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Don’t Avoid the Pain
A lot of us are programmed to avoid anything that’s painful. For example sumo deadlifts are very painful for me due to my severely damaged hips. Well they were painful. If a naturally functional movement like sumo deadlifts are painful, that’s a problem. If I avoid that pain performing all of my movements with a close stance, it’s only going to get worse.
Let me start by saying that I am not a doctor. If your pain is unmanageable, then go see a doctor. Personally I recommend finding a soft tissue practitioner as soon as possible if you are serious about training. You want to make sure that you shop around and find someone that is already working with athletes. A good chiropractor or PT can help lead the charge against pain.
Pain can be the body’s way of alerting you that there is a problem. Whether it be stability, inflammation, or an injury, you need to address the issue. I have met several athletes lately that simply stop doing certain movements. I have news for you. Avoiding an area due to pain will not make it better.
I’ve had my hips x-rayed, and I have been working with some amazing practitioners for a long time now. With that being said, I know exactly what’s wrong with my hips. All the big squats have damaged them, and now they are arthritic. What’s the best medicine for my hips? Movement and strength work will open up the hips and increase blood flow to the area.
A couple of weeks ago I started the process of targeting my hips. I am using sumo deadlifts, unilateral RDLs, and unilateral farmers walks to get my hips healthy again. I picked all three of these exercises because all three are weak compared to the rest of the movements that I perform.
I use a muscular imbalance chart that Malcolm Moses-Hampton and I designed for our new book “No Weaknesses” to determine the areas that I suck the most. Here’s an example:
Right now I can conventional deadlift 650lb, but I could only sumo deadlift 419lb. In an ideal world the conventional deadlift and sumo deadlift should be equal, so you can see that my ratio is way off. I want to also mention that the 419lb deadlift was the most painful thing that I have felt in a long time.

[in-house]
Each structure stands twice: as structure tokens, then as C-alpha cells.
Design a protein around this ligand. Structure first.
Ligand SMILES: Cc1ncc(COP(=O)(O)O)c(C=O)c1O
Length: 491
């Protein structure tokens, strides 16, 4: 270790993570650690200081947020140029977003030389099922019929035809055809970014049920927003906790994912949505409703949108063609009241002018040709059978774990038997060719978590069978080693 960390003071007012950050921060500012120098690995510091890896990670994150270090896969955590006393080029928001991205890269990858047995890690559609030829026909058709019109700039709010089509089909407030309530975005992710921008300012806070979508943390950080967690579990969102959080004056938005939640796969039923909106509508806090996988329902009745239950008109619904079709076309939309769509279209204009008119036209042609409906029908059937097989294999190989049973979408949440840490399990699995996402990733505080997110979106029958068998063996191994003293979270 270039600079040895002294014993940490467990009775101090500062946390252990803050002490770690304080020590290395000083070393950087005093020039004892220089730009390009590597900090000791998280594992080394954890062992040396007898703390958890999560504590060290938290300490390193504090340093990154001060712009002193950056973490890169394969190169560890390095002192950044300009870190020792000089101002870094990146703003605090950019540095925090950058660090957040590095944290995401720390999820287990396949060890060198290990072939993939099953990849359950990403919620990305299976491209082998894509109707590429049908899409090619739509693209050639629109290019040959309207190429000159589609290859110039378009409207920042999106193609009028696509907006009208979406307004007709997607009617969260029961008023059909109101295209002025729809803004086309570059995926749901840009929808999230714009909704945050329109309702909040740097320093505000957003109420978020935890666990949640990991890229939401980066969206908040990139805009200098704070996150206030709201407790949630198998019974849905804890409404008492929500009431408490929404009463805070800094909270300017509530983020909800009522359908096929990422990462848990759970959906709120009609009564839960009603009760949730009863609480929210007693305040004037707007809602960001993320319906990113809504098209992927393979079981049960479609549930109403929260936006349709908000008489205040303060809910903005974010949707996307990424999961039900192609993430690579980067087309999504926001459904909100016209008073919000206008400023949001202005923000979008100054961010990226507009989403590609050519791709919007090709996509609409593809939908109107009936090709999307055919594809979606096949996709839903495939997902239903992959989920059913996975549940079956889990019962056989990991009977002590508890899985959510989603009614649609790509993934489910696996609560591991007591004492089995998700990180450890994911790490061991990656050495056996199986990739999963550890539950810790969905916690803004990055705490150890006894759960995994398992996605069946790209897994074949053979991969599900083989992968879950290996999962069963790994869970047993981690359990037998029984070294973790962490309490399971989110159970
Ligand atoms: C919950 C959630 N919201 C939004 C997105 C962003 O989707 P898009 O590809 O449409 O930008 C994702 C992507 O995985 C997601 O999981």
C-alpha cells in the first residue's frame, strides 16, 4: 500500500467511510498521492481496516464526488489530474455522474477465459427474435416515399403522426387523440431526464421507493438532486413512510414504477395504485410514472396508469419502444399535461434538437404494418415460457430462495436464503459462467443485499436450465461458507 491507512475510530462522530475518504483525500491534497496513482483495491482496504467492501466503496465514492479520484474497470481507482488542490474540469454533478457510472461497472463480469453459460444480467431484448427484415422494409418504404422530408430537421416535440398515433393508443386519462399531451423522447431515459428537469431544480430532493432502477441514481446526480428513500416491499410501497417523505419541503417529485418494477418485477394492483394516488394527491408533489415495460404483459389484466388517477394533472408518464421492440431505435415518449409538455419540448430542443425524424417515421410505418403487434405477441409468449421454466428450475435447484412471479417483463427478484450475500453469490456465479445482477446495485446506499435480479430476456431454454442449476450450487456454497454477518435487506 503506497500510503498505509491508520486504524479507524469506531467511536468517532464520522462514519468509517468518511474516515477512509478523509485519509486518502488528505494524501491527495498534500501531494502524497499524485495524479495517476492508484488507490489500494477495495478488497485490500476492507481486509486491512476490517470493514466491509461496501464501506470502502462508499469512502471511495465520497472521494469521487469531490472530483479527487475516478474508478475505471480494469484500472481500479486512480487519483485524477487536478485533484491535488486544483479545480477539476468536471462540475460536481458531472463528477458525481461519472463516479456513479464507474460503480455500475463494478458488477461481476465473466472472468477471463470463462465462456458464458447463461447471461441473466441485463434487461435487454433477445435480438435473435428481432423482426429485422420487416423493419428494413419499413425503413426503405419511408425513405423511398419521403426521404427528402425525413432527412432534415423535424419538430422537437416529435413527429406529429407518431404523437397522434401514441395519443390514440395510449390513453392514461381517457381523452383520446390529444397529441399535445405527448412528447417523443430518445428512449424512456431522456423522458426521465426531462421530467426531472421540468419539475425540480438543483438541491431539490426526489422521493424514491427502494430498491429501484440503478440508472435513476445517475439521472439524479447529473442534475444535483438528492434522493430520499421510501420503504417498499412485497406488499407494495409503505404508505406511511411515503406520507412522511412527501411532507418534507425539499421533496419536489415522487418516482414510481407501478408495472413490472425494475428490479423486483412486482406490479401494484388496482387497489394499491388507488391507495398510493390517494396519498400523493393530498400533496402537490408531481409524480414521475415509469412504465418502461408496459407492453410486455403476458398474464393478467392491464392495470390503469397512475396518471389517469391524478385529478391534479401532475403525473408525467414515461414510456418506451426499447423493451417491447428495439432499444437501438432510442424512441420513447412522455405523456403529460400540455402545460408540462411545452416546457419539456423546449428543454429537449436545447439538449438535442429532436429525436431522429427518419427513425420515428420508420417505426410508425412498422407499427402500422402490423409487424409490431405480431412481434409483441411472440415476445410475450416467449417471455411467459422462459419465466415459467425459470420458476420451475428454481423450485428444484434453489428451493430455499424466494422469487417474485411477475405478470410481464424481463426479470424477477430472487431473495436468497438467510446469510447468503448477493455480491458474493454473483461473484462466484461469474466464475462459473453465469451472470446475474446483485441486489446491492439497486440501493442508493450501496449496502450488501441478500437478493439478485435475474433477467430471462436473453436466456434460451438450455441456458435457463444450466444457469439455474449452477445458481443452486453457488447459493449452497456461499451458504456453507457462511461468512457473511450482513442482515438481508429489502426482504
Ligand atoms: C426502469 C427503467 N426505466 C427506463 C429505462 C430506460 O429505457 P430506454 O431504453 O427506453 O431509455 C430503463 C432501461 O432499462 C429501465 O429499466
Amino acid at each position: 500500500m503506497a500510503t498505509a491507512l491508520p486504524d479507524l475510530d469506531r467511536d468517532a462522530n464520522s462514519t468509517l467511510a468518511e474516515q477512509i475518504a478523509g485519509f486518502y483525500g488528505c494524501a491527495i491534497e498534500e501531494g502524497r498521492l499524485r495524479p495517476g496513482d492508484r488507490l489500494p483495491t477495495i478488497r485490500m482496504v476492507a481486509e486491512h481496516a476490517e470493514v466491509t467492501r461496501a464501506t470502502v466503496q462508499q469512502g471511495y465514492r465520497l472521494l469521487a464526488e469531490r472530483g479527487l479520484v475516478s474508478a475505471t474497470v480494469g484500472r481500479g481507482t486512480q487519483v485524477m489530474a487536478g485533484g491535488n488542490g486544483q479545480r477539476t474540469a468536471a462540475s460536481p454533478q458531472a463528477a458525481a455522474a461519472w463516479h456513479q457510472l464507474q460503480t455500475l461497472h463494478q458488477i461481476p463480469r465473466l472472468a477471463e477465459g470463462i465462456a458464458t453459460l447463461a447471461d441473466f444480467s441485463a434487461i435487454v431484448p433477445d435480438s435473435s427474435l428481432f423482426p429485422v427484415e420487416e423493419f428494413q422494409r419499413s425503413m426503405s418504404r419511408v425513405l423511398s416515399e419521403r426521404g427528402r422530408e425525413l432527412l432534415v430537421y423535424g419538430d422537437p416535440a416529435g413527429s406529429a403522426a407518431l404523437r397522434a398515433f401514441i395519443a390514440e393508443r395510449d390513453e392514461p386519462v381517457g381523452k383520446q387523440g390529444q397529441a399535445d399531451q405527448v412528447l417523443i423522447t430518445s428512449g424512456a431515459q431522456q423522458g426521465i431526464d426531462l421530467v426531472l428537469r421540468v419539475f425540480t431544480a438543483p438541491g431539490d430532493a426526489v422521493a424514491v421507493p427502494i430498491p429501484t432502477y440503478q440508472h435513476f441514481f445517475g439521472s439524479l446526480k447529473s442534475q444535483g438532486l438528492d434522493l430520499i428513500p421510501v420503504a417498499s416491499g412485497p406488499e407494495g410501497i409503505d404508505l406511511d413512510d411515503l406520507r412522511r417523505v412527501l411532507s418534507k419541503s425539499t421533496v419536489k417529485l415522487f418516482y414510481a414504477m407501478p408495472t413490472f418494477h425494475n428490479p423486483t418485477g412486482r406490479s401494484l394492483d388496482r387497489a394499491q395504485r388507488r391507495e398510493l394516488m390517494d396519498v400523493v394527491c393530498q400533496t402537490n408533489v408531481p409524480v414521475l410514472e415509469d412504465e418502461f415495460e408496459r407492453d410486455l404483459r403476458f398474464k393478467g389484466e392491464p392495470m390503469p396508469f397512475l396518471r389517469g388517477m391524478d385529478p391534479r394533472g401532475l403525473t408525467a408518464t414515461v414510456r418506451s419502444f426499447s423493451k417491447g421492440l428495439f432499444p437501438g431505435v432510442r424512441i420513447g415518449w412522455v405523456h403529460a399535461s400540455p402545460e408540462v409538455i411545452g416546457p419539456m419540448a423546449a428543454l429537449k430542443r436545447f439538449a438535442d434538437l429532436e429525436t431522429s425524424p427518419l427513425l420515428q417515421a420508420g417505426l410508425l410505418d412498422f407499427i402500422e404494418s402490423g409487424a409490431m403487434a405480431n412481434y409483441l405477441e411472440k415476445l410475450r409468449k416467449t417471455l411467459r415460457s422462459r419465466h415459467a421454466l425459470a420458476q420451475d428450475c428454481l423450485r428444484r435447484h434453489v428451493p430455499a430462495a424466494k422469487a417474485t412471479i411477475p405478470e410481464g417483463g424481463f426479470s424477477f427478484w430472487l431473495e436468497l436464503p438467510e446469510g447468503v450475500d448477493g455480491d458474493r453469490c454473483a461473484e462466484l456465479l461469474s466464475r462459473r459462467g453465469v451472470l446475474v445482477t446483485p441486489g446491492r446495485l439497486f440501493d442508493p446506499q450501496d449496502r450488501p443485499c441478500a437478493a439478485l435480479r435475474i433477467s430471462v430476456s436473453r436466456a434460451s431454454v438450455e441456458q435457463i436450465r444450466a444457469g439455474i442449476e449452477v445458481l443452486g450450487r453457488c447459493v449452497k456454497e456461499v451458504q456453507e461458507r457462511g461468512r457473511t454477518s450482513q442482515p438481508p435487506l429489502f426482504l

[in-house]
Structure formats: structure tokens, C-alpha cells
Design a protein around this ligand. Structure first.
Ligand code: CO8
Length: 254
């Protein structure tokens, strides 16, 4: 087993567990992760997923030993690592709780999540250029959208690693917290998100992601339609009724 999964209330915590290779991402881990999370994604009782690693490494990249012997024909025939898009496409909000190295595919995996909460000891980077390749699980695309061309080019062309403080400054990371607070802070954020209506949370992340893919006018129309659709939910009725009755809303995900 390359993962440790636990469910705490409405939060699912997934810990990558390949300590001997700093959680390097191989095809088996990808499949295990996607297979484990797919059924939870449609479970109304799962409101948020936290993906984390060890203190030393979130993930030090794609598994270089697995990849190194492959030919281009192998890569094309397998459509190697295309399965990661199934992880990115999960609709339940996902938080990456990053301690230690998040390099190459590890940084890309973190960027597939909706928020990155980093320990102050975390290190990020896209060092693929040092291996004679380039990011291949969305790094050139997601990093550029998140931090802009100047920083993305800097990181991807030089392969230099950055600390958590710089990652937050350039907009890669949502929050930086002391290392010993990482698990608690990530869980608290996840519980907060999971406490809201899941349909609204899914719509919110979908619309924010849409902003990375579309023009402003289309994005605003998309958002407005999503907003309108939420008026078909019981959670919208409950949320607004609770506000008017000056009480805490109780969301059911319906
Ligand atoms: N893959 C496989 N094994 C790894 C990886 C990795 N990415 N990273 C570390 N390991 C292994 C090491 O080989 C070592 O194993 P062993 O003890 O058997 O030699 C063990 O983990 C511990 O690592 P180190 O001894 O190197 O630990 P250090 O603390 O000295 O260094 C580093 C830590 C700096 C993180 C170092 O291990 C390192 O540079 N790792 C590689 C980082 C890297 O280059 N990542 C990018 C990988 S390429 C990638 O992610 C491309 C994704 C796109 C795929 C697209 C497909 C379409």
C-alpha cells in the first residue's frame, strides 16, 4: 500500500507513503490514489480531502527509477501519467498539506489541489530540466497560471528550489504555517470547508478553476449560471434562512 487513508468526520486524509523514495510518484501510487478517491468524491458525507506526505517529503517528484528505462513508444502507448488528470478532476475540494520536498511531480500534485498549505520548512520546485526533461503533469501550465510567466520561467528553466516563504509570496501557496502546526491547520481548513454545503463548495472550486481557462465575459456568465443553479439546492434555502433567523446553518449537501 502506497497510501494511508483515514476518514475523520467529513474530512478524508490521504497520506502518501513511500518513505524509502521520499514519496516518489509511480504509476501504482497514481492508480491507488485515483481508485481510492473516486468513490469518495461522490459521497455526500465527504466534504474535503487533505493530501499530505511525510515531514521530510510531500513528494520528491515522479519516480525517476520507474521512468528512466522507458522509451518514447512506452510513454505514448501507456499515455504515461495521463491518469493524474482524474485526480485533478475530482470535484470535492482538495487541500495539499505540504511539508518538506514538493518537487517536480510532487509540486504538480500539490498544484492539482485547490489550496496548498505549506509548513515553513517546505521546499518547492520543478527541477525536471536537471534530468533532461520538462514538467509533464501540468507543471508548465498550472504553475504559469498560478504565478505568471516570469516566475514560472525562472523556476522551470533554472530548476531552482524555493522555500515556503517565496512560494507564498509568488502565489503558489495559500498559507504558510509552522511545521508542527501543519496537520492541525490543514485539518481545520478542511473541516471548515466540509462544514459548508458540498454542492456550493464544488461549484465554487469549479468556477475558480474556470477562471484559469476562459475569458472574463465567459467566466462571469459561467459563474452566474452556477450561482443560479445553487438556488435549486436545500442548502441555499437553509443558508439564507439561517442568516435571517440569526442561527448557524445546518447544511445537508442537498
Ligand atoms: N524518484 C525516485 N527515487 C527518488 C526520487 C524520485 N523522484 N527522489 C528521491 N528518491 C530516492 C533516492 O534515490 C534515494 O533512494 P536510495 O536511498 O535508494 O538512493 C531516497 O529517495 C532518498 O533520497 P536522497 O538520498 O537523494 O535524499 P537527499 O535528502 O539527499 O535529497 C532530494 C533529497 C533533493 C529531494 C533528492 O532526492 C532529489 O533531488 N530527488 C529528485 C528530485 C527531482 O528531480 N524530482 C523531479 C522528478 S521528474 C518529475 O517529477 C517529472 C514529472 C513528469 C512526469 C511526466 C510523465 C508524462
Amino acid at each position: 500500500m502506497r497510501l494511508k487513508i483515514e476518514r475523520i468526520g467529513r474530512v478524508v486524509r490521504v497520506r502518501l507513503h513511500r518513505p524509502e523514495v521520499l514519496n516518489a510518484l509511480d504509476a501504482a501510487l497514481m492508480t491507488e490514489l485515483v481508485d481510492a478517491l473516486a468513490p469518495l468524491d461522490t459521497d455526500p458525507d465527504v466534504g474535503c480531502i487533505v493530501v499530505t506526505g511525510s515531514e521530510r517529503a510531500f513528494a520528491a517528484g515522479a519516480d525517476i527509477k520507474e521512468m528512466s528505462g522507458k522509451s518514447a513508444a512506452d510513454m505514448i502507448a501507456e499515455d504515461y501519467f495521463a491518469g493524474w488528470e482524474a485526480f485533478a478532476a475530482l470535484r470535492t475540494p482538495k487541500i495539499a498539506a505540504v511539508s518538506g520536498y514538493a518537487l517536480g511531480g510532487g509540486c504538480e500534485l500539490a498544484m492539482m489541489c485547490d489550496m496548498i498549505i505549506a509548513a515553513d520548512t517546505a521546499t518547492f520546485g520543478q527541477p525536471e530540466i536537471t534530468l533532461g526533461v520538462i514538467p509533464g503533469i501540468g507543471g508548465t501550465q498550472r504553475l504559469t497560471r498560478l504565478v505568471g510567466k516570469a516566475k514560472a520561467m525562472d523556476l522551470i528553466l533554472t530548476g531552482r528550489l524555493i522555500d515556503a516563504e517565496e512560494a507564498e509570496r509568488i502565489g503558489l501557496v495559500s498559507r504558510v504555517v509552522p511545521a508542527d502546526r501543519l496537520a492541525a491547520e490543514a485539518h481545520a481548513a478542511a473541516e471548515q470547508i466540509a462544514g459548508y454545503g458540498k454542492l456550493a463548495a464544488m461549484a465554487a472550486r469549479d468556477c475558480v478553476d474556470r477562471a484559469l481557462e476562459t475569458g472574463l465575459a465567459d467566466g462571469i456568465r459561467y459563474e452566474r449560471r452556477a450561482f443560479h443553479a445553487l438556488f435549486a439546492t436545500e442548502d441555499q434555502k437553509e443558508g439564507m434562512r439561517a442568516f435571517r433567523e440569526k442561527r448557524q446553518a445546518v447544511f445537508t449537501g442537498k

Three weeks later I sumo deadlifted 510lb pain free. I will stand by the following statement: “the best way to mobilize a joint is with weight.” I used the sumo deadlift to open up my hips and stabilize the joint all at the same time. Yesterday one of my athletes, Frank Volrath, commented on the improvement of my feet width during the catch of a snatch. That comment pleased me more than any other accolade that I could receive within the gym.
How was this accomplished? I increased the frequency of the sumo deadlift to three times per week. I didn’t go heavy every time. I followed medium-low-high intensity wave. One key that I learned from Zach Greenwald is to check your range of motion while training. When the ROM is shortened, that’s an indicator of stress in the body. Rest until the ROM returns to normal, and then perform the next set. If it doesn’t return, it’s time to call it for the day. This is a great way to be objective towards optimal volume. Zach uses a basic toe tough to judge ROM.
I used the unilateral carries and RDLs to promote proper movement of the hips. Weightlifters and powerlifters perform 95% of their movements bilaterally, which can cause the hips to move less than optimally. The quadratus lumborum can quickly become a problem area. Those two little muscles are designed to lift the hips up and down. If they aren’t used, they can become dormant and weak. A weak muscle is a muscle susceptible to injury.
I have known athletes to avoid movements like the front squat because they found that the front squat hurt their back. So what are the steps to take:
1. See a practitioner to make sure there are no tears or major injuries going on.
2. Figure out why the front squats are hurting you: bad mechanics, a weakness, or something else?
3. Target those weaknesses or mechanics.
4. Use tempo to limit load and strengthen positions like a 5 second eccentric and 5 second concentric.
5. Constantly check ROM to avoid damage.
These steps are good for all athletes. Everything that I am saying goes for weightlifters, powerlifters, and all athletes. This is the very reason that Bulgarian training is not a good idea. Trust me, I believe that Bulgarian training is a great way to increase the total weight used on any lift. However if you perform Bulgarian training in its purest form, you will avoid the accessory movements necessary for overall functional movement. Unless you are that one in a million genetic freak, this is a recipe for injury.
I hope that you guys will be able to use our upcoming book “No Weaknesses” to quantify your strengths and weaknesses. The book was designed to be a tool to help athletes develop a plan to strengthen the body as one unit. It’s a tool to avoid ending up with terrible hips like mine. It’s a book that I wish I had read when I was a young man.
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